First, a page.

Did we want to share design services? (No, I have my own skilled volunteer). Do we want to share pamphlet printing costs? (No, I already have that worked out). Do we want to share the cost of an office? (Sounds like a good idea). Do we want to pool sign printing costs? (Yes! Darn things are expensive!) Do we want to run a phone bank for Election Day? (yeah, I’ll share that cost), Do we want to hire a staff for the phone bank? (No, I have enough volunteers). Etc. etc. At no step was I pressured to buy into anything I didn’t want to buy, participation was voluntary at every step, and the discussion was between me and the other candidates, no puppet-masters pulling strings here.
Of course, the endorsement meant that labour unions were more likely to provide funds to my campaign. As a proud member of CUPE, I primarily had access to CUPE funding, and up to now, that is the only union that has cut me a cheque. Fundraising is not completely over, but I estimate somewhere between 1/4 and 1/3 of my funding will come from Labour, the rest from individual donations. Did that money help? Absolutely. Was it essential to my running a strong campaign? Probably not. Besides, non-endorsed candidates had received money from labour in previous elections.
The third leg of the “Labour Slate” bogeyman is that somehow my independence as a Councillor is sacrificed by that endorsement. I can unequivocally say no member of the Labour Council has ever told me what to say on this campaign, nor have they told me how I will be expected to vote at the Council table. If anyone thinks Chuck Puchmayr, Bill Harper and I are going to agree on everything at the Council Table because of our shared endorsement, they don’t know any of us very well. We all have our own ideas, and our own passions about the City, and I look forward to debating with them. Further, I have a five year legacy of writing my opinions, my ideas, and my vision for this City, long before I sought or received endorsement, and I stand by that record.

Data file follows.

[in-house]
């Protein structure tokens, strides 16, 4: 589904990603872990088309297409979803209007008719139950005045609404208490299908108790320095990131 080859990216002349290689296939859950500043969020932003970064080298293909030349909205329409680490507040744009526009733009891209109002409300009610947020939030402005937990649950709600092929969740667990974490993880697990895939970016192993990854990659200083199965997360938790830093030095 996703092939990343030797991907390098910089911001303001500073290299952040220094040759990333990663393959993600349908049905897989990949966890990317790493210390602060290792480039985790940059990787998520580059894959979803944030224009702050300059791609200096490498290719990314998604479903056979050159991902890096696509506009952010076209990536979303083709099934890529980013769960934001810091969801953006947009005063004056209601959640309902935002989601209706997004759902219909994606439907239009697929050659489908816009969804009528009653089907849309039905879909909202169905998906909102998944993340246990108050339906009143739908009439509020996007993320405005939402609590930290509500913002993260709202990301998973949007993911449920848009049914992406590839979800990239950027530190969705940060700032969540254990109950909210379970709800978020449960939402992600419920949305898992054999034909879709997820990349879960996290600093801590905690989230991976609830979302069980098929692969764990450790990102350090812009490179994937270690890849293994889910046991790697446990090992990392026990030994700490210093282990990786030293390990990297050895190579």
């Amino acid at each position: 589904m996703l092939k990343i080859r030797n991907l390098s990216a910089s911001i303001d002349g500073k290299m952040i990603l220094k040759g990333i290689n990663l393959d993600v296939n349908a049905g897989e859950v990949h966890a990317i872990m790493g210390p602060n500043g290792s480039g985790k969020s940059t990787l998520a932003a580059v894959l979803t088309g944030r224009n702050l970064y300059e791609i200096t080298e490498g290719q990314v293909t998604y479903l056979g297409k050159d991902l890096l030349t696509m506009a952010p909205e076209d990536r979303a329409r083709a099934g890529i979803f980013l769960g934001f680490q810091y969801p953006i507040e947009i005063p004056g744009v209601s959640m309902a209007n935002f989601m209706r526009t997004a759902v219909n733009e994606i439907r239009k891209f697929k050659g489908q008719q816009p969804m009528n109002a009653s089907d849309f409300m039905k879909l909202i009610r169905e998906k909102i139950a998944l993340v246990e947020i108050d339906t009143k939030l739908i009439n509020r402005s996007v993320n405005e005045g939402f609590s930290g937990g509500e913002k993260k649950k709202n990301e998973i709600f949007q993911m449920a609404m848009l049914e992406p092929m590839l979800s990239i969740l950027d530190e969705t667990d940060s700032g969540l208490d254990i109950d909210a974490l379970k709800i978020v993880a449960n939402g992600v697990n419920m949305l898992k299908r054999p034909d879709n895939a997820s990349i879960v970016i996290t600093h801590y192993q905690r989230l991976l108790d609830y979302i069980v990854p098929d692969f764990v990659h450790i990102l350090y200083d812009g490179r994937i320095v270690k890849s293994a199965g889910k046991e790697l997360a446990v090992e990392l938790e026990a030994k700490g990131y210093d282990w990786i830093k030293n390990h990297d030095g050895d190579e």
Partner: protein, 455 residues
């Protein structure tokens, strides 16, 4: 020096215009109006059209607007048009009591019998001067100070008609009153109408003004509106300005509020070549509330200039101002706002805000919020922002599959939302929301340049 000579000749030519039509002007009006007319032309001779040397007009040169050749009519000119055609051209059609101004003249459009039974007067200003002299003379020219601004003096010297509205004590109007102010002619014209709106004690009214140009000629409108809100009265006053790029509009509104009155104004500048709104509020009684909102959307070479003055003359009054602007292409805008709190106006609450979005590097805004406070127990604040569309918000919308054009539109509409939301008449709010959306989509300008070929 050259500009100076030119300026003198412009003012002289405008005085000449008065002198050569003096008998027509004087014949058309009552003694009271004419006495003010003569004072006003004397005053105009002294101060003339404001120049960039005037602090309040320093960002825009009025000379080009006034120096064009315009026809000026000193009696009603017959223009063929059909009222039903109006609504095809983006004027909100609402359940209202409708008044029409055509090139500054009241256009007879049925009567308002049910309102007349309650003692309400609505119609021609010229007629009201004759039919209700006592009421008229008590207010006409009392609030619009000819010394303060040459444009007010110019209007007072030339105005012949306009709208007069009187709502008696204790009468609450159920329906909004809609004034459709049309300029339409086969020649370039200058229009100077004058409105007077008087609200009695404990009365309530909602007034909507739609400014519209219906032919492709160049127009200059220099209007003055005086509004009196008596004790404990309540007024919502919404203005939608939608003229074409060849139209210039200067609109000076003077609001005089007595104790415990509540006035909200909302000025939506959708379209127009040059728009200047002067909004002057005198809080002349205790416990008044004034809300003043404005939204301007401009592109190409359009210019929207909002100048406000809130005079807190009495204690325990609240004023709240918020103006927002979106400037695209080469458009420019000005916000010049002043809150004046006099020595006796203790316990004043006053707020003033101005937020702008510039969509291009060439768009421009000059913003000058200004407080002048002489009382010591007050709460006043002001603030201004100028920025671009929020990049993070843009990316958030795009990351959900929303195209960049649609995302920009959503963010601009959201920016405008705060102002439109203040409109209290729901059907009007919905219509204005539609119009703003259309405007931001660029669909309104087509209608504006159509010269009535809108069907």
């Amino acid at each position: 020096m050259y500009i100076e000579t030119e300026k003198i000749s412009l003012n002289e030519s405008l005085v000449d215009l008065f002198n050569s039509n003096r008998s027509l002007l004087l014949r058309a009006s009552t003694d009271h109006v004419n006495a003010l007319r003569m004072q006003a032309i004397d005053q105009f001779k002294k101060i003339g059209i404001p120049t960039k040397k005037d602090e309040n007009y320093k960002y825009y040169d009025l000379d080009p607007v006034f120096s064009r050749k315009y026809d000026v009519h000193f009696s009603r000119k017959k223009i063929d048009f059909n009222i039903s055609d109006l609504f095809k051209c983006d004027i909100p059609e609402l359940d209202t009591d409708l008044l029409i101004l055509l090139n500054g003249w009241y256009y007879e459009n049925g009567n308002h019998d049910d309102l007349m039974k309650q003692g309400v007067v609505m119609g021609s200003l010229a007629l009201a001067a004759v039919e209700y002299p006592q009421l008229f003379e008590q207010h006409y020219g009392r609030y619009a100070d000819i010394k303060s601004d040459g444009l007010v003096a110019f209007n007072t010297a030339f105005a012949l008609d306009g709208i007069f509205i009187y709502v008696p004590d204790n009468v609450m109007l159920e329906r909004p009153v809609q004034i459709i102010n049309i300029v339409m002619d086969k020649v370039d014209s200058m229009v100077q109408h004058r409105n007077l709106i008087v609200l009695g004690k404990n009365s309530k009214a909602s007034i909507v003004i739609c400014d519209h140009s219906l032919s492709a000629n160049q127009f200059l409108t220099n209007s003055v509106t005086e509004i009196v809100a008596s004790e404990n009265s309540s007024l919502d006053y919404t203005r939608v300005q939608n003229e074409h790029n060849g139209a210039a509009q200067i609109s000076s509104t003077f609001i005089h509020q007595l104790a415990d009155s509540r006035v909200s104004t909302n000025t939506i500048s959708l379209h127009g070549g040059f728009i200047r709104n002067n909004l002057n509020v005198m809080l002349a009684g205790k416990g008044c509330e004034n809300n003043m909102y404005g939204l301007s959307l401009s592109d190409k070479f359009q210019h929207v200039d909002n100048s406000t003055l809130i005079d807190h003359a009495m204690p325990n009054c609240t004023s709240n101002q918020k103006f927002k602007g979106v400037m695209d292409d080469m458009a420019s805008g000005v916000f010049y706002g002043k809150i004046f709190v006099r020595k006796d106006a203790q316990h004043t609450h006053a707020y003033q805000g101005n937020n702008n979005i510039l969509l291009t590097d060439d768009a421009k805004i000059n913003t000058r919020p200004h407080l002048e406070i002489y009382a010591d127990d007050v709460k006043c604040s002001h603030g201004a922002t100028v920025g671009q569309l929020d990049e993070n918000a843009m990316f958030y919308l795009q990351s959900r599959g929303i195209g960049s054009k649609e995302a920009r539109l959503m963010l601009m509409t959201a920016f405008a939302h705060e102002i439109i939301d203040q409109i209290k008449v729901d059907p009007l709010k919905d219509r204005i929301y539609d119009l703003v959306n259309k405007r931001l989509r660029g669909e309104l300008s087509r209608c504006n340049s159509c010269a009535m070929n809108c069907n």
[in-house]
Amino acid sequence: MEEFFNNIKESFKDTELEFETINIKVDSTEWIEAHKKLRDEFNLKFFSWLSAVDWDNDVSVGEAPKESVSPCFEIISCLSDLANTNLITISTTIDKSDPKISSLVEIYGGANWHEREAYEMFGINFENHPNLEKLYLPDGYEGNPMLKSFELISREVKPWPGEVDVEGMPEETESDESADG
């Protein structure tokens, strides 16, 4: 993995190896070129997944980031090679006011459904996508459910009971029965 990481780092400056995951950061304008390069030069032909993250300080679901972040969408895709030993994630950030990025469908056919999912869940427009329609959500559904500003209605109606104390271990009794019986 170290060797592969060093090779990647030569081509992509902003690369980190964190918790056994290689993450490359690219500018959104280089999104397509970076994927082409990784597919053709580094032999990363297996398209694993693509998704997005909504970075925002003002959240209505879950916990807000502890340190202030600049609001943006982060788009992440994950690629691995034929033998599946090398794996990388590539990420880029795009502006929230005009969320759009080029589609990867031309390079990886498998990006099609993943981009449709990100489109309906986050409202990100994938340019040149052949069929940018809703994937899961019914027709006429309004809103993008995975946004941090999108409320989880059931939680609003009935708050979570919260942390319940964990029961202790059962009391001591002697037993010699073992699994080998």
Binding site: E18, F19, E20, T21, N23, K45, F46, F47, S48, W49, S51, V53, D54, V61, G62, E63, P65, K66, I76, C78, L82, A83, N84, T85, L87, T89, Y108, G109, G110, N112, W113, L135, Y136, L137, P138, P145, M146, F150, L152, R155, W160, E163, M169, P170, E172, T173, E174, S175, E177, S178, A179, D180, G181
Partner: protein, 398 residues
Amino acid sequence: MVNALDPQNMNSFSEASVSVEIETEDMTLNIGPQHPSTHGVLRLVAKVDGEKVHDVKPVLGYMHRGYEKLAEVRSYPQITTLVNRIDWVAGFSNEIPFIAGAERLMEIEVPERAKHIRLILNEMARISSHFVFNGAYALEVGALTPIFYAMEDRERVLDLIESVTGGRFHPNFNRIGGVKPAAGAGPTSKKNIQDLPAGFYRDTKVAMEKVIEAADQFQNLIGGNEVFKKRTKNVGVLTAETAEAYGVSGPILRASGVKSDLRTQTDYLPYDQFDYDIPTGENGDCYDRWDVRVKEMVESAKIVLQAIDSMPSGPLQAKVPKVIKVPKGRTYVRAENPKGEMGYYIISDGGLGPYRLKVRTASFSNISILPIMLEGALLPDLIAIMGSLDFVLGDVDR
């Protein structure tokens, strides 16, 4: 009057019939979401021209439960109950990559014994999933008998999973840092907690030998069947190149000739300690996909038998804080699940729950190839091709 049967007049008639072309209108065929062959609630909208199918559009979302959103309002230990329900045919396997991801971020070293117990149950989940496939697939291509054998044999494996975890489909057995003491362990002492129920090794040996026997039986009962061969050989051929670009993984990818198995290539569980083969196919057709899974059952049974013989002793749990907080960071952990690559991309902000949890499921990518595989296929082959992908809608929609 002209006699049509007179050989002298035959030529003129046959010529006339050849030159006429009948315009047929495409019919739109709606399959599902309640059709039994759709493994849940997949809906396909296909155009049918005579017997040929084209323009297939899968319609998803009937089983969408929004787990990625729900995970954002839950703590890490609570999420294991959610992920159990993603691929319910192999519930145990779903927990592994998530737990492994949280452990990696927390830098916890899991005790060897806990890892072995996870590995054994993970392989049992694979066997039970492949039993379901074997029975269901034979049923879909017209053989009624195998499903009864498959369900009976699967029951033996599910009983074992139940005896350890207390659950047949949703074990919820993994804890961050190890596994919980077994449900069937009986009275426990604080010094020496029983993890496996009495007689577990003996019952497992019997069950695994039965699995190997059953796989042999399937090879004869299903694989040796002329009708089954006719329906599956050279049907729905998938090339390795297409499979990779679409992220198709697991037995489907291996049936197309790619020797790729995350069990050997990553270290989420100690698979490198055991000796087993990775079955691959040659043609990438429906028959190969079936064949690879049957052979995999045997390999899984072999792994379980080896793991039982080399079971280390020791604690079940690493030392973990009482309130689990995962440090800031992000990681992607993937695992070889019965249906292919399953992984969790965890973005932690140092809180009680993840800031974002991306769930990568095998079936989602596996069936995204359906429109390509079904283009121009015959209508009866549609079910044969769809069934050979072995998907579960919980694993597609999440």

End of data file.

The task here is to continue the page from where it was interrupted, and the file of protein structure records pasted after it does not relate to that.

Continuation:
As for the fear that “Labour dominated” councils are monolithic and all powerful, pushing taxes up while writing sweet union deals? The evidence just doesn’t reflect that. Here is a table that shows the total Municipal tax paid per resident in the 17 Municipalities in the Lower Mainland, according to those radical lefties at the Fraser Institute. The red bars represent Municipalities where a majority of City Council was endorsed by their District Labour Council last election. I’m sorry, the correlation just isn’t there:
So instead of tilting at the windmill of “Labour Slates”, I encourage you to go to this page, and see what your neighbours in New Westminster are saying about my candidacy. I have always challenged people in this City to look past the rhetoric and the silliness, and look at the facts. I plan to bring that fact-based straight-forward approach to City Council. That is who I am, and that is why I have received endorsements from many people across New Westminster. I am proud that the Labour Council thinks I am a candidate worthy of endorsement, and I am proud of the other endorsements I have received from people I respect in the City’s volunteer, public service, and business communities.